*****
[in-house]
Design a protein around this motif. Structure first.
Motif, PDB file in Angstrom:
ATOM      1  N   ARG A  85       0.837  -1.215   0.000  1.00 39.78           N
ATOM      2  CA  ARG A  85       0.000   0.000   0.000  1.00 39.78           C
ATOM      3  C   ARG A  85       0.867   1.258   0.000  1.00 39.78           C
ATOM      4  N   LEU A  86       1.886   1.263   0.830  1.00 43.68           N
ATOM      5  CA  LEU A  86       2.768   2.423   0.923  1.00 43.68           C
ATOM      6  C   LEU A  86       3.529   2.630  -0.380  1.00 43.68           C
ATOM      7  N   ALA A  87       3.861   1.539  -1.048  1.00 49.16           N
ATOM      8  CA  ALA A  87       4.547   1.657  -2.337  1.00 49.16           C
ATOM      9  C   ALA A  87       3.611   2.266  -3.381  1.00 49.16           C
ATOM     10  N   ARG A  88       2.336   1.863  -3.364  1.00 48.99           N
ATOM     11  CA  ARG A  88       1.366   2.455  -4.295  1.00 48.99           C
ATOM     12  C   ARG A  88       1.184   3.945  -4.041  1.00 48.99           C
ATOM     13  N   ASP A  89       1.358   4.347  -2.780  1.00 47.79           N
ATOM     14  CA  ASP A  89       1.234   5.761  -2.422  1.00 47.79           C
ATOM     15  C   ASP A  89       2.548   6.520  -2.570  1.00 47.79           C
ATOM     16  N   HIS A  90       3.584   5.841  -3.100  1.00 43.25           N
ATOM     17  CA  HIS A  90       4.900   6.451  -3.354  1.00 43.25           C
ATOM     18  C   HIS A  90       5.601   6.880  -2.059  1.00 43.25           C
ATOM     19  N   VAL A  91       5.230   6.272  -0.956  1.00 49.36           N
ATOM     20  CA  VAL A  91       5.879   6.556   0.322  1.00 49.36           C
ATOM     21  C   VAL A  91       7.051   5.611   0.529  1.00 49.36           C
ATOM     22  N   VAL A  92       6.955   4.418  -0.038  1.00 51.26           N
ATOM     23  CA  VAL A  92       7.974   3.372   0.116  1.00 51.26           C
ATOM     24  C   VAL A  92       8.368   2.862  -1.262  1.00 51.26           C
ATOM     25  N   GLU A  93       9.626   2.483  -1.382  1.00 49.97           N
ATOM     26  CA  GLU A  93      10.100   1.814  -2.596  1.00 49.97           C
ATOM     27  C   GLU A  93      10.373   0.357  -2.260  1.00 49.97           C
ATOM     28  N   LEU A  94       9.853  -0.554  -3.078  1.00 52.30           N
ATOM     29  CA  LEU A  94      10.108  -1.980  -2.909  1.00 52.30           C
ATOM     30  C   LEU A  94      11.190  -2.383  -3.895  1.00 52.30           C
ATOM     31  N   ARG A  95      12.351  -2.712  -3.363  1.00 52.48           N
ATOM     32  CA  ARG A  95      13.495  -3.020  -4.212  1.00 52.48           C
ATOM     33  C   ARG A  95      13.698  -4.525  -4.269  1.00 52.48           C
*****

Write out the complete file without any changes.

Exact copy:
[in-house]
Design a protein around this motif. Structure first.
Motif, PDB file in Angstrom:
ATOM      1  N   ARG A  85       0.837  -1.215   0.000  1.00 39.78           N
ATOM      2  CA  ARG A  85       0.000   0.000   0.000  1.00 39.78           C
ATOM      3  C   ARG A  85       0.867   1.258   0.000  1.00 39.78           C
ATOM      4  N   LEU A  86       1.886   1.263   0.830  1.00 43.68           N
ATOM      5  CA  LEU A  86       2.768   2.423   0.923  1.00 43.68           C
ATOM      6  C   LEU A  86       3.529   2.630  -0.380  1.00 43.68           C
ATOM      7  N   ALA A  87       3.861   1.539  -1.048  1.00 49.16           N
ATOM      8  CA  ALA A  87       4.547   1.657  -2.337  1.00 49.16           C
ATOM      9  C   ALA A  87       3.611   2.266  -3.381  1.00 49.16           C
ATOM     10  N   ARG A  88       2.336   1.863  -3.364  1.00 48.99           N
ATOM     11  CA  ARG A  88       1.366   2.455  -4.295  1.00 48.99           C
ATOM     12  C   ARG A  88       1.184   3.945  -4.041  1.00 48.99           C
ATOM     13  N   ASP A  89       1.358   4.347  -2.780  1.00 47.79           N
ATOM     14  CA  ASP A  89       1.234   5.761  -2.422  1.00 47.79           C
ATOM     15  C   ASP A  89       2.548   6.520  -2.570  1.00 47.79           C
ATOM     16  N   HIS A  90       3.584   5.841  -3.100  1.00 43.25           N
ATOM     17  CA  HIS A  90       4.900   6.451  -3.354  1.00 43.25           C
ATOM     18  C   HIS A  90       5.601   6.880  -2.059  1.00 43.25           C
ATOM     19  N   VAL A  91       5.230   6.272  -0.956  1.00 49.36           N
ATOM     20  CA  VAL A  91       5.879   6.556   0.322  1.00 49.36           C
ATOM     21  C   VAL A  91       7.051   5.611   0.529  1.00 49.36           C
ATOM     22  N   VAL A  92       6.955   4.418  -0.038  1.00 51.26           N
ATOM     23  CA  VAL A  92       7.974   3.372   0.116  1.00 51.26           C
ATOM     24  C   VAL A  92       8.368   2.862  -1.262  1.00 51.26           C
ATOM     25  N   GLU A  93       9.626   2.483  -1.382  1.00 49.97           N
ATOM     26  CA  GLU A  93      10.100   1.814  -2.596  1.00 49.97           C
ATOM     27  C   GLU A  93      10.373   0.357  -2.260  1.00 49.97           C
ATOM     28  N   LEU A  94       9.853  -0.554  -3.078  1.00 52.30           N
ATOM     29  CA  LEU A  94      10.108  -1.980  -2.909  1.00 52.30           C
ATOM     30  C   LEU A  94      11.190  -2.383  -3.895  1.00 52.30           C
ATOM     31  N   ARG A  95      12.351  -2.712  -3.363  1.00 52.48           N
ATOM     32  CA  ARG A  95      13.495  -3.020  -4.212  1.00 52.48           C
ATOM     33  C   ARG A  95      13.698  -4.525  -4.269  1.00 52.48           C